Press Release

Groups Applaud Nebraska Lawmakers’ Elimination of Post Sentence Voting Rights Ban

Nebraska lawmakers approved Legislative Bill 20 - which eliminates the two year period eligible residents who complete felony sentences must wait before registering to vote. The bill restores voting rights to over 7,000 Nebraskans.

Related to: Voting Rights

Lincoln, Nebraska – Today, Nebraska lawmakers approved  Legislative Bill 20 – which eliminates the two year period eligible residents who complete felony sentences must wait before registering to vote. The bill restores voting rights to over 7,000 Nebraskans.

“The Sentencing Project applauds the Nebraska Legislature for expanding voting rights to eligible residents who complete their felony sentence,” said Nicole D. Porter, Senior Director of Advocacy for The Sentencing Project. “Expanding voting rights can be  linked to a reduced likelihood that an individual will commit another crime. While there is more work to be done, this bill is a significant step in the right direction.”

Nebraska’s two-year waiting period was passed into law in 2005, as the result of a legislative compromise to end the state’s lifetime disenfranchisement law. Prior to that, a full pardon was required to get one’s voting rights restored.

This legislation continues to build on national momentum to guarantee voting rights for people  with felony convictions across the country. Since 1997, 26 states and the District of Columbia have expanded voting rights to people living with felony convictions, allowing more than 2 million eligible residents to regain their right to vote.

“I advocated for Nebaraska to end the waiting period when I was disenfranchised after incarceration,” said Shakur Abdullah, a Nebraska resident who was released from prison in 2016 after serving 41 years of a life sentence. “I celebrate the victory of LB20 but the fight continues for those who remain disenfranchised in Nebraska. I am African-American and my family came to Nebraska from Mississippi. I have an obligation to those whose shoulders I stand on, who got me to the point where I can walk into a polling place and not have anything happen to me. I owe it to them to exercise my right.”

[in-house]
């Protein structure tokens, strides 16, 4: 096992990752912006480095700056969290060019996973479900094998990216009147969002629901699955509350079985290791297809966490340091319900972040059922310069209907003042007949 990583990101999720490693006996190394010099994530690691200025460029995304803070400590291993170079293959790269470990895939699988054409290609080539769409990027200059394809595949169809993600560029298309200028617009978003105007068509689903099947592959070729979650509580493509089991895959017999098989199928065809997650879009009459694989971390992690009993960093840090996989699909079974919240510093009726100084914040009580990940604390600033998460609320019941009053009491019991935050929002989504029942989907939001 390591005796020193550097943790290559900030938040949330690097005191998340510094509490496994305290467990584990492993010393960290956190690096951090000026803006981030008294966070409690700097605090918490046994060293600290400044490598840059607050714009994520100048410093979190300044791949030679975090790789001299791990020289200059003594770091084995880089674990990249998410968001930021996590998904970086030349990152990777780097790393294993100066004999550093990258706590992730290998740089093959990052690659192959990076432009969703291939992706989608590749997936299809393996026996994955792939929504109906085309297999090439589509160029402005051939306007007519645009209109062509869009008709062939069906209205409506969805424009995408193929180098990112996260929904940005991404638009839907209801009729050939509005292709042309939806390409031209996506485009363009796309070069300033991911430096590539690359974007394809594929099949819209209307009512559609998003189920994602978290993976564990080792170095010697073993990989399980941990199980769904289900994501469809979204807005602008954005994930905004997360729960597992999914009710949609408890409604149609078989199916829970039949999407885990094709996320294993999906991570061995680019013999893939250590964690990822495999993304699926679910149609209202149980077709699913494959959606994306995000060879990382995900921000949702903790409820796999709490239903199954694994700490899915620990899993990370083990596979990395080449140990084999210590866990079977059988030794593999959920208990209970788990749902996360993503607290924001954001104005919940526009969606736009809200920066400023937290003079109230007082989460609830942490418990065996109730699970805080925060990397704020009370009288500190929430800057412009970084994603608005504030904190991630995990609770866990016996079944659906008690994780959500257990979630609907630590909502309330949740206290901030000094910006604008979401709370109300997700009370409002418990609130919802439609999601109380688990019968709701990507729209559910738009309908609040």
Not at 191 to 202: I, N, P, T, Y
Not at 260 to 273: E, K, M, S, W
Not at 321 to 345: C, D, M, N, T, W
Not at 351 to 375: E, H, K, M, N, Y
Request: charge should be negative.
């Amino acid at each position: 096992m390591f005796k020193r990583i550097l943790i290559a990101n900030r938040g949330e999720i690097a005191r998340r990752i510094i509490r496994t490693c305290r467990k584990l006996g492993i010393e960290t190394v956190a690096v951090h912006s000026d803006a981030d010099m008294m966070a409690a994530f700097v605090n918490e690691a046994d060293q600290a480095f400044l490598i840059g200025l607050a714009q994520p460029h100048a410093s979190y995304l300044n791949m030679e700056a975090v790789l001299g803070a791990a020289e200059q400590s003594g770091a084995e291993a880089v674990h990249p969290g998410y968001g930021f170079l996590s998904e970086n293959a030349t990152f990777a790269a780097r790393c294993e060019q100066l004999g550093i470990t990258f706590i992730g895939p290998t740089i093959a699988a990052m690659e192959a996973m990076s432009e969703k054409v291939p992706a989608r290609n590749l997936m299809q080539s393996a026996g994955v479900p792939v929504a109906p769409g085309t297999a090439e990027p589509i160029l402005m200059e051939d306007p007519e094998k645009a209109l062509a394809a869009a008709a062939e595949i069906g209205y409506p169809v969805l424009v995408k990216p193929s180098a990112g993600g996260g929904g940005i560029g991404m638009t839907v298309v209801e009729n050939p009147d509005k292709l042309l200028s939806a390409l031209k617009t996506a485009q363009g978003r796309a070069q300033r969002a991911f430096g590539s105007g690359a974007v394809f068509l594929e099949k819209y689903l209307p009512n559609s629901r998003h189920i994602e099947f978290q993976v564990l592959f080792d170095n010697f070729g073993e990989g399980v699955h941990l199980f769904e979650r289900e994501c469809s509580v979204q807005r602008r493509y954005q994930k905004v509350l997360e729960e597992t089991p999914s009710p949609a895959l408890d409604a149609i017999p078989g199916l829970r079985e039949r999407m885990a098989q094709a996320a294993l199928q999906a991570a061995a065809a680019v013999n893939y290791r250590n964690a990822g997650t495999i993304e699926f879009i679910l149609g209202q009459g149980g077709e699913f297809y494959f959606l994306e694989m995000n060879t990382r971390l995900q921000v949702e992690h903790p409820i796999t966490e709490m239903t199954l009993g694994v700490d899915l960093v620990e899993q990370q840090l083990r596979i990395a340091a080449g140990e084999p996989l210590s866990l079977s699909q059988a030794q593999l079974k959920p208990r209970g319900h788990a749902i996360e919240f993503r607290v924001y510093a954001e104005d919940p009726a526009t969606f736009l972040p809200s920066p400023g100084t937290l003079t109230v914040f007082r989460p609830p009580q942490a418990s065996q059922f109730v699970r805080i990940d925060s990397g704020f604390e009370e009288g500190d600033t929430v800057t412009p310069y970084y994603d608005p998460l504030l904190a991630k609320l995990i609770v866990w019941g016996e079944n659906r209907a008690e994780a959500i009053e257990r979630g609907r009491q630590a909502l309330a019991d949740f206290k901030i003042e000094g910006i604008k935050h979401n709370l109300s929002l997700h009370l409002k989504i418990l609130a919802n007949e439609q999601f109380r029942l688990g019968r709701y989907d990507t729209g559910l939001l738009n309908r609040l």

Restoring voting rights to people with felony convictions is also supported by a majority of the public. Polling from Lake Research Partners found that a majority of voters (56%) would support a law guaranteeing the eligibility to vote for all citizens 18 and older, including citizens completing their sentence, both inside and outside of prison.

Despite the passage of LB 20, Demetrius Gatson is among the more than 10,000 people in Nebraska who are still unable to vote because they haven’t completed their sentences. Because of her parole, Ms. Gatson will have to wait until 2030 to vote.

“While I applaud the passage of LB 20, there are thousands of justice-impacted residents who are still unable to vote,” said Demetrius Gatson, founder of Nebraska’s Q.U.E.E.N.S. Butterfly House. “For the people I work with who are eligible, registering to vote provides a sense of acceptance, especially when there are so many barriers to housing and employment.”

Many of the laws banning people with a history of involvement with the criminal justice system from voting are rooted in reconstruction-era policies which were explicitly designed to deny the right to vote to Black and Brown people, including poll taxes, literacy tests, grandfather clauses, and cross burnings. As a result of these outdated policies, over 4.4 million Americans with a felony conviction were disenfranchised as of 2022, disproportionately impacting Black and Latinx Americans.

About The Sentencing Project
The Sentencing Project advocates for effective and humane responses to crime that minimize imprisonment and criminalization of youth and adults by promoting racial, ethnic, economic, and gender justice.

About Q.U.E.E.N.S. Butterfly House
Founded in 2023, Nebraska’s Queens Butterfly House is on a Quest to Understand, Educate, and Empower Noble Sistahs (the underserved, formerly incarcerated women population) to thrive through healthy relationships, collaborative communities, supportive housing, job readiness, and personal development to becoming the best version of themselves.

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